The 143rd running of the Preakness Stakes will take place at the Pimlico track in Baltimore, as it always does, and we can expect conditions that may be even worse than what we saw at the Kentucky Derby a couple of weeks ago. As you are all well aware by now, it was Justify who romped through the mud in the Run for the Roses, taking the lead form the off and never relinquishing it. The performance that Justify put in at the Derby drew rave reviews, and deservedly so, but as we have seen in the past, winning the first jewel in the Triple Crown is no guarantee of future success. Only 12 horses have ever completed that feat, and only 23 in total have won the Derby and the Preakness. So for this Preakness Stakes, I imagine that you all have a winner picked out already, so let’s instead focus on the exacta wagering.
— Preakness Stakes (@PreaknessStakes) May 17, 2018
Playing a Basic Exacta at the Preakness Stakes
A lot of casual bettors skip the exotic bets because they feel that they are out of their betting range. This is not true at all, as you can get an exacta play on for as little as $1. In this case, you would be looking at trying to pick the exact order of finish of the top 2 horses. If you are all about Justify here, as so many of you probably are, then what you need to figure out is who is going to come in second.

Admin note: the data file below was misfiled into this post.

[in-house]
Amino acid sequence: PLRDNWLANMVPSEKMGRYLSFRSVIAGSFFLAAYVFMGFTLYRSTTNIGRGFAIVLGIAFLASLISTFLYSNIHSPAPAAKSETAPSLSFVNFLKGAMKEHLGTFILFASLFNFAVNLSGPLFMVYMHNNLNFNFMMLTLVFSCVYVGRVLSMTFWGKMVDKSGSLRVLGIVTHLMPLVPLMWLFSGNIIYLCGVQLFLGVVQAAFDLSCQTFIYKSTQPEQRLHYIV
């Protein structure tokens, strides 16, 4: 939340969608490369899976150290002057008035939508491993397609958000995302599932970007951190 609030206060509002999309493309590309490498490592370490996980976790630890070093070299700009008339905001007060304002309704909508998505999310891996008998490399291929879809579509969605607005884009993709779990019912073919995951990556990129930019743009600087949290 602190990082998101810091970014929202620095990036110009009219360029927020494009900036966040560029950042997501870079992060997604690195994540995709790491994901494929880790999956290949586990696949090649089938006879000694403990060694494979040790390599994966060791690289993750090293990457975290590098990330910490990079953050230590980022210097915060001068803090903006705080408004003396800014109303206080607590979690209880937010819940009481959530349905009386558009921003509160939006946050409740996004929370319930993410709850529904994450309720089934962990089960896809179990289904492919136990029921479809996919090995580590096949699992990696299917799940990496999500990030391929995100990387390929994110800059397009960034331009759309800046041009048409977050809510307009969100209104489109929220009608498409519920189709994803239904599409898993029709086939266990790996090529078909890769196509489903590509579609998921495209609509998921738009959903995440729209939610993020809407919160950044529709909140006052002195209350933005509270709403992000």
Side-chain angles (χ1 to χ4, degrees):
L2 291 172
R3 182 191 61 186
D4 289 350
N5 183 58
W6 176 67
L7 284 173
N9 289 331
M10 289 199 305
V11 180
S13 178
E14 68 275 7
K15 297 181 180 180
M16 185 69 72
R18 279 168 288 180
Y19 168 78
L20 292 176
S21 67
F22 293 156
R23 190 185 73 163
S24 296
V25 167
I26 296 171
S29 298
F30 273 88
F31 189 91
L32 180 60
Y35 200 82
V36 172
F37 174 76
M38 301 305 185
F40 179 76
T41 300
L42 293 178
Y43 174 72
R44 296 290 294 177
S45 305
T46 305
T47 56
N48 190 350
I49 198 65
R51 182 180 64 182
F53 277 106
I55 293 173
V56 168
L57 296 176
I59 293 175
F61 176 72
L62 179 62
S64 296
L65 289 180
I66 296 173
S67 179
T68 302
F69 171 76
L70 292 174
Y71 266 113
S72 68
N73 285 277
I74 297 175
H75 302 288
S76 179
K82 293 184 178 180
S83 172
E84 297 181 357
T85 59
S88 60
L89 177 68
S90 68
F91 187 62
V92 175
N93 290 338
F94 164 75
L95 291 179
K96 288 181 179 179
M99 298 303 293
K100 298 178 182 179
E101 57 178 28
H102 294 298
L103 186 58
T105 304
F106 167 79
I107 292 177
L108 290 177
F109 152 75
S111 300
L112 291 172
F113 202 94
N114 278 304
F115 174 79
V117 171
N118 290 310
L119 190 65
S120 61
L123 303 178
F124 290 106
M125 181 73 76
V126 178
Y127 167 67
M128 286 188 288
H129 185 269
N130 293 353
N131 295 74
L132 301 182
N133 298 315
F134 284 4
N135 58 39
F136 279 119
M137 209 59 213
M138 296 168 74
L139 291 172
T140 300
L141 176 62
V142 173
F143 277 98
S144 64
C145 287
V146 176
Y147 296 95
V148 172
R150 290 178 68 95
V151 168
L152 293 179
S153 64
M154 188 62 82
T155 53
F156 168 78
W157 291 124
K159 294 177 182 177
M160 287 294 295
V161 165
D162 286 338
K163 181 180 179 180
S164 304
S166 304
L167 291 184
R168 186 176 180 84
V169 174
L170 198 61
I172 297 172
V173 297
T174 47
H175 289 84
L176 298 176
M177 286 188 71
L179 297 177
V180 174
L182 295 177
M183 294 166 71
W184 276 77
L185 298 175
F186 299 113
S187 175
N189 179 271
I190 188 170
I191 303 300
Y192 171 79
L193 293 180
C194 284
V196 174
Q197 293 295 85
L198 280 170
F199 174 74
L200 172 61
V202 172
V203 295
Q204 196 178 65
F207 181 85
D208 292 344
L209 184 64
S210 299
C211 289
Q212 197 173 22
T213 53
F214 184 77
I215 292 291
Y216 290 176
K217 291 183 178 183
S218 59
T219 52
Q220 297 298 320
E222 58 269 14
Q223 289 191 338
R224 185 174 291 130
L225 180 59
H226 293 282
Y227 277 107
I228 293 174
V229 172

The obvious choice for the second place spot would be Good Magic, who finished second to Justify in the Kentucky Derby. We are likely going to be looking at the same sloppy track as we got a couple of weeks back when Justify and Good Magic ran 1-2. It’s a shorter distance here, too, so the chances of a repeat look pretty good. If they do match the order of finish, the payout is not going to be great on a $1 wager, but you will still be in profit.
Hedging Your Exacta Bets at the Preakness Stakes
Even with a small field, there are still many things that can go wrong on a sloppy track. With that in mind, you may not necessarily want to go all in on Justify. Also, you may not want to take a shot at picking a straight exacta, as it is still tough to get right, even when you only have 8 horses running on Saturday.
There are several ways in which you can hedge your bets, the easiest of which is an exacta box. When playing a boxed exacta, I usually pick 3 horses. The top 2 can come from any of those 3 in any order to cash a winning ticket. The cost of a 3-horse exacta box would be just $6 on a $1 stake. My other pick here would be Quip. He has speed and the rail, which is always a very dangerous combination.
If you are still determined to take Justify on top but are concerned that one of those longshots might just thrive on the off track, I would suggest playing Justify (#7) on top with the rest of the field. That way, you win if Justify ends up victorious, no matter who finished second. Your ticket would be 7 with all and would cost you $7 on a $1 stake.